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Report a Shark, Skate or Ray in BC

Report a Shark, Skate or Ray in BC
If you catch a shark or skate while fishing or see one washed up on a beach, we want to hear from you! Here are some steps you can take quickly and with little equipment. Note if a beached shark is alive or shows any responsiveness - do NOT touch it. If you happen to catch the shark while fishing please take a photo and release the animal alive.

Essential information to record

  • Record date, time and location including GPS coordinates (if possible)
  • Length from tip of nose to tip of tail (use your foot length if no equipment is available)
  • Behaviour - if alive what was it doing
  • Sex – males have claspers
  • Any marks, injuries or fishing gear that suggests how the animal may have died

Photograph details to take

  • Whole animal, preferably the SIDE view (include hand or foot for scale)
  • Underside of the head and under the pectoral fins
  • Underside of the pelvic fins (verifies shark’s sex)
  • Teeth, close-up (verifies species identification)

Friday, August 28, 2009

Juvenile Salmon Shark Stranding 2009

A juvenile salmon shark (Lamna ditropis) washed up on North Chesterman’s beach on August 20th, 2009. Jim Darling, a local biologist reported the shark and took the attached photo. The shark was approximately one metre long and birds had already begun scavenging the carcass.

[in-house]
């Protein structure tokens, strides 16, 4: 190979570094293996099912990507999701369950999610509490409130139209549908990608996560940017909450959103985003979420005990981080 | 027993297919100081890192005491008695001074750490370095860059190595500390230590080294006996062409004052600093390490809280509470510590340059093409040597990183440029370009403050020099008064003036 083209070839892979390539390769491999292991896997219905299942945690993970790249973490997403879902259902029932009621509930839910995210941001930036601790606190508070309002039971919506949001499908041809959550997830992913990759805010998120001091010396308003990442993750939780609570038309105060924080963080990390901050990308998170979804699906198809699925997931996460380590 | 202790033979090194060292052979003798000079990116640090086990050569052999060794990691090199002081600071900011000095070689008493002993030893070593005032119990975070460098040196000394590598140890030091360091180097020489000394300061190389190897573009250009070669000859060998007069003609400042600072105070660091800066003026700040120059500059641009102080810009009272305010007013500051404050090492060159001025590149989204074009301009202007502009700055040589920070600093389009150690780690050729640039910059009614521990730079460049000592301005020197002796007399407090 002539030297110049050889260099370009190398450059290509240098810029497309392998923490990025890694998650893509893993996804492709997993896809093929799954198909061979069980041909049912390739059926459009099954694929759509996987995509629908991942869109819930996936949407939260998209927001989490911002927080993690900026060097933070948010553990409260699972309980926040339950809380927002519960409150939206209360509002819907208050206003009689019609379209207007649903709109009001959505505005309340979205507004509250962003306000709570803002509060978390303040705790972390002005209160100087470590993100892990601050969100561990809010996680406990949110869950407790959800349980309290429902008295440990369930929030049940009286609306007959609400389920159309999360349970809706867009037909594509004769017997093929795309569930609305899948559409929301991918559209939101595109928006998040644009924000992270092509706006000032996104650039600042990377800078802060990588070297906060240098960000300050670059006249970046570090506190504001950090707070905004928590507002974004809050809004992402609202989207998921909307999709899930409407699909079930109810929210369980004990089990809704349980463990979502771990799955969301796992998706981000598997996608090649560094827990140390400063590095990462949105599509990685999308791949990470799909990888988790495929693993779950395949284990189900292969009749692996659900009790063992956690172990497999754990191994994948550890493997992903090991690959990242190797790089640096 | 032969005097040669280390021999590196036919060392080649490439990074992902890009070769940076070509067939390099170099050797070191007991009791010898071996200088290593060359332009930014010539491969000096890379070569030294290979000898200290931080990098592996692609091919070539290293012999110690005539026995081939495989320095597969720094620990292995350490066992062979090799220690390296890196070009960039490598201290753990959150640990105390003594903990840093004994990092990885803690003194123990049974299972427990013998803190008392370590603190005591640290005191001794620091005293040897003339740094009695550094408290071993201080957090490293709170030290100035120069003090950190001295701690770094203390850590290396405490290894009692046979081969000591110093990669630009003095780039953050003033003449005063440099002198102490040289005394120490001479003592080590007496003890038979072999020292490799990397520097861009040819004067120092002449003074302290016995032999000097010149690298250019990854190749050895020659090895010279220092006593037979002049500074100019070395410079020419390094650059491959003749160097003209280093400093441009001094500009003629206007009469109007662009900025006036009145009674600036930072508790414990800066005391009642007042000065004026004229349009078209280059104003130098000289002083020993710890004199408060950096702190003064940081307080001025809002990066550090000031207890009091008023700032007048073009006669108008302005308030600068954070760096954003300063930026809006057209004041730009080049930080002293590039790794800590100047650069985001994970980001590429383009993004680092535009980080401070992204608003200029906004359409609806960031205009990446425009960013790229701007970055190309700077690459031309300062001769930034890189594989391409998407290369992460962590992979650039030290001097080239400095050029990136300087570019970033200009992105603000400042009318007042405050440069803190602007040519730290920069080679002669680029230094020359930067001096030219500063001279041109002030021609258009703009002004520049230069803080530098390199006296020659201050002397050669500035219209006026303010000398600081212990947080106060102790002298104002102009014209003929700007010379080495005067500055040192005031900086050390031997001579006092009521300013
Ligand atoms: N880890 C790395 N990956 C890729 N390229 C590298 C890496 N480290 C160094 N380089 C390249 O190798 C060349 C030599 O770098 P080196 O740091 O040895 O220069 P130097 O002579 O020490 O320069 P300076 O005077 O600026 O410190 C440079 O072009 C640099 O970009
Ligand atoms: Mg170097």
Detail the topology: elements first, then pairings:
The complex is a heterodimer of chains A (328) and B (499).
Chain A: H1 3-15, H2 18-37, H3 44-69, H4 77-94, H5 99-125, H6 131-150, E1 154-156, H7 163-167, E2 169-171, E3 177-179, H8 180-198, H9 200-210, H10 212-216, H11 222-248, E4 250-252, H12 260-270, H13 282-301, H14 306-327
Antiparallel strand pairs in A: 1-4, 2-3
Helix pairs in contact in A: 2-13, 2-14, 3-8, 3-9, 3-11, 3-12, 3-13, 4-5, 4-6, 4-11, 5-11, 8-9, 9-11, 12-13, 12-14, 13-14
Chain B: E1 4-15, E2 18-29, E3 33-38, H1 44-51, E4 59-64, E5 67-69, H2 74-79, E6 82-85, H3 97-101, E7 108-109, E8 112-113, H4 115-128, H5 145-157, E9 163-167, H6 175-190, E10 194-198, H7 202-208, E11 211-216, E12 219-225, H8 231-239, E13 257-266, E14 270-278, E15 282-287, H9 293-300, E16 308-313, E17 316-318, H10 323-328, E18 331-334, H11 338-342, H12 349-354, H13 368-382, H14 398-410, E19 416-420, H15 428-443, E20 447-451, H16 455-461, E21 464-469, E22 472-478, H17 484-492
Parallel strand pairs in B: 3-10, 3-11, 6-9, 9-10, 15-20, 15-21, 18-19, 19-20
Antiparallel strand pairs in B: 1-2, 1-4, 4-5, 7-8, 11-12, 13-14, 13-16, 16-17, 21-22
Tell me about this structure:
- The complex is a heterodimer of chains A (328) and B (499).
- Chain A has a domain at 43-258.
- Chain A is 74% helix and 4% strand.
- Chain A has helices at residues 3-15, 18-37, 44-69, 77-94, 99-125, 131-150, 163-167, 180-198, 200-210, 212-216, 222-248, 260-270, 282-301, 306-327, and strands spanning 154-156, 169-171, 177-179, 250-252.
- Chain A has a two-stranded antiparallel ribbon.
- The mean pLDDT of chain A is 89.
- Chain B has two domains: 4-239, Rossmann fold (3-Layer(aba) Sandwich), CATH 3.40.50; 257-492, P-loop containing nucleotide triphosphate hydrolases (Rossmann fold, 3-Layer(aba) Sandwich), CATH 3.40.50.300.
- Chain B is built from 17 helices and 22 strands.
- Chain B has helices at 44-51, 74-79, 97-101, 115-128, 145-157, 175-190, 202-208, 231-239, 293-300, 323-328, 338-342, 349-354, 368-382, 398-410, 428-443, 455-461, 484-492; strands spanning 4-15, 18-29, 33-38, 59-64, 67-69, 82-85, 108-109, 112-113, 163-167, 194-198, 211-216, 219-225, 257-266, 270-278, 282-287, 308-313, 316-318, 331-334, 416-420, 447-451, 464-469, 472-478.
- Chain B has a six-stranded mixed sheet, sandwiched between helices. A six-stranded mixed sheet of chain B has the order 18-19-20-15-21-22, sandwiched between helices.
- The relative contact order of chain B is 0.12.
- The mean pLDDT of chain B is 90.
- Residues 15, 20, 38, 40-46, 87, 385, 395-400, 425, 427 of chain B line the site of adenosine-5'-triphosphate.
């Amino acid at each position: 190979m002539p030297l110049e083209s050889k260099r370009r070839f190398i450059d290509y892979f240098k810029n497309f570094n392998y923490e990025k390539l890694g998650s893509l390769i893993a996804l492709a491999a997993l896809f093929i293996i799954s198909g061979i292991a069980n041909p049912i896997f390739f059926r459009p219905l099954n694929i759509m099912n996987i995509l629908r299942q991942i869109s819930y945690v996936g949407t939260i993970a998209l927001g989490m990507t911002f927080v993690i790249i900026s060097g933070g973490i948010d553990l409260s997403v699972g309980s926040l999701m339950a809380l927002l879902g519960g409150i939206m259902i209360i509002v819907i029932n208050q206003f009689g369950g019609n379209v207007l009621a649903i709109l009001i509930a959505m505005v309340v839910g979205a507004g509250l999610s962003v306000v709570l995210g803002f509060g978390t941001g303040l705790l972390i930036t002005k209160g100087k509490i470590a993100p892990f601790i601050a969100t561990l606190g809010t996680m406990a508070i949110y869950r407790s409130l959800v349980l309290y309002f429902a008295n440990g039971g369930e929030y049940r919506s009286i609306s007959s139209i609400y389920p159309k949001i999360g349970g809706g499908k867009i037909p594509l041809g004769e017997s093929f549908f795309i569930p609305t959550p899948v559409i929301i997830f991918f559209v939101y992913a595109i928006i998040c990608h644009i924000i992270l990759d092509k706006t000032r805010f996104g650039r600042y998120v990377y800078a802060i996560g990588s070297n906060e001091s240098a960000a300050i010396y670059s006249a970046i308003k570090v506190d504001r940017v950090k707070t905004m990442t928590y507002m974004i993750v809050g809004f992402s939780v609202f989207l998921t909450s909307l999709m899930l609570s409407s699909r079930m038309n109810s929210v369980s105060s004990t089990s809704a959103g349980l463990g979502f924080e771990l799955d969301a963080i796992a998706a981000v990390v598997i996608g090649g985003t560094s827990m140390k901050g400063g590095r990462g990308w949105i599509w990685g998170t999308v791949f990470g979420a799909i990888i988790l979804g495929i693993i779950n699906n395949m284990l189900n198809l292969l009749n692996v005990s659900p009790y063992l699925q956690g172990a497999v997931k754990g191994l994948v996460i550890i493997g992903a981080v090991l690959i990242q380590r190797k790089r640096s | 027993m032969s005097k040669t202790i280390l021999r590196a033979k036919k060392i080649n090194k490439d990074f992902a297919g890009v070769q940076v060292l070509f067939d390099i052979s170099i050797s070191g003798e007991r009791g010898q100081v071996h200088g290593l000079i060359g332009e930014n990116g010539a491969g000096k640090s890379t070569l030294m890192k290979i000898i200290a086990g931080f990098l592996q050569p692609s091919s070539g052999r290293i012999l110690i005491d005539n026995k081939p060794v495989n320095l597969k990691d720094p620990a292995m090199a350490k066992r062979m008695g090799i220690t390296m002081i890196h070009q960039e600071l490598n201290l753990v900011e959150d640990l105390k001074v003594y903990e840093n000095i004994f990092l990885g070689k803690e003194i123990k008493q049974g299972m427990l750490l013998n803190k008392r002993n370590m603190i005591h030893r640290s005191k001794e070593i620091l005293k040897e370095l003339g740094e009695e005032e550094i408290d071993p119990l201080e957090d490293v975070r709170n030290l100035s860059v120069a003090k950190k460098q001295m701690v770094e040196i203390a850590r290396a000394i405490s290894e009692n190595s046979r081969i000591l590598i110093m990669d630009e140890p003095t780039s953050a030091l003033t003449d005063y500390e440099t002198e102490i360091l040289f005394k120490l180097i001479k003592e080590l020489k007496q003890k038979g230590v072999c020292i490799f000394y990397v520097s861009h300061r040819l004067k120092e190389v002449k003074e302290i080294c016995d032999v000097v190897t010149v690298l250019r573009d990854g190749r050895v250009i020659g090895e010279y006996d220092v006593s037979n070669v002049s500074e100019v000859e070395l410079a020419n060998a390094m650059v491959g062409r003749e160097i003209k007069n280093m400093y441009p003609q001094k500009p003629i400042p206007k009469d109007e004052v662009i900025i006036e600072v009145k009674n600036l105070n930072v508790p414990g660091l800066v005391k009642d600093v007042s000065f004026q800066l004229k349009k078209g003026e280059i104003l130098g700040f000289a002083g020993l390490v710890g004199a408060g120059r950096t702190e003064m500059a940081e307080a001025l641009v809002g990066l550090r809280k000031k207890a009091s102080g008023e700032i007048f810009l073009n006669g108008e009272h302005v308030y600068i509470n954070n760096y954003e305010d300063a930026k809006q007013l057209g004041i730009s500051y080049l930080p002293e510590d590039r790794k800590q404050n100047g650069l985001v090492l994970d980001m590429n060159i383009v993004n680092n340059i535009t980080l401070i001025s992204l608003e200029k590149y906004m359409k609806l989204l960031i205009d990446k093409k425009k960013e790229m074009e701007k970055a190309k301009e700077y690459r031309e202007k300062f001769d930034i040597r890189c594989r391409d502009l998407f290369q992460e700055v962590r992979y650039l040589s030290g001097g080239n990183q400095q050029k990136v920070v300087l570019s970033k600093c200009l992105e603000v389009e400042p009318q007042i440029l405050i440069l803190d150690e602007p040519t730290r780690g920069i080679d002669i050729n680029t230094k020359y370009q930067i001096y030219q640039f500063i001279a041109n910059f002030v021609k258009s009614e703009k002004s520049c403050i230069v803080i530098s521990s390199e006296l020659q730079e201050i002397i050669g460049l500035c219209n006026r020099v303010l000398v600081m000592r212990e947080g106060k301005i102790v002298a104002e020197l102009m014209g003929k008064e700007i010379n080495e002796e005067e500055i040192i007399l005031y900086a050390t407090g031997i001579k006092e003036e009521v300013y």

The stranding of juvenile salmon sharks is a common occurrence in summer months along the west coast of Vancouver Island. Since 2005 we have received ten separate reports of juvenile salmon sharks strandings ranging from the Juan de Fuca trail to Chesterman’s beach in Tofino. We usually receive at least one salmon shark stranding report per year, but in 2007 a total of four separate stranding were reported. This salmon shark stranding is the first report we received this year.

So the question you’re probably asking is why do sharks strand themselves? There is no single definitive answer, but a range of hypotheses that have been put forward. Some of these hypotheses include a sudden change in water temperature, stormy ocean conditions, disease, ingestion of flotsam (garbage), or pursing prey. Another interesting comparison discusses the possibility of local geomagnetic signatures confusing the navigational abilities of sharks (check out this link for further discussion http://www.elasmo-research.org/education/topics/b_strandings.htm). A final noteworthy item is that live shark strandings are usually recorded for juveniles; juvenile salmon sharks along the Pacific Northeast and juvenile whale sharks along South African coasts. Perhaps inexperience or poorly developed navigational abilities may also contribute to these strandings. In the end it is still a mystery and shark biologists around the world continue to study this phenomenon and hope to find more definite answers.

If you have any shark or skate sightings to report we would love to hear from you. You can email us at shark_reports_bc@yahoo.ca.

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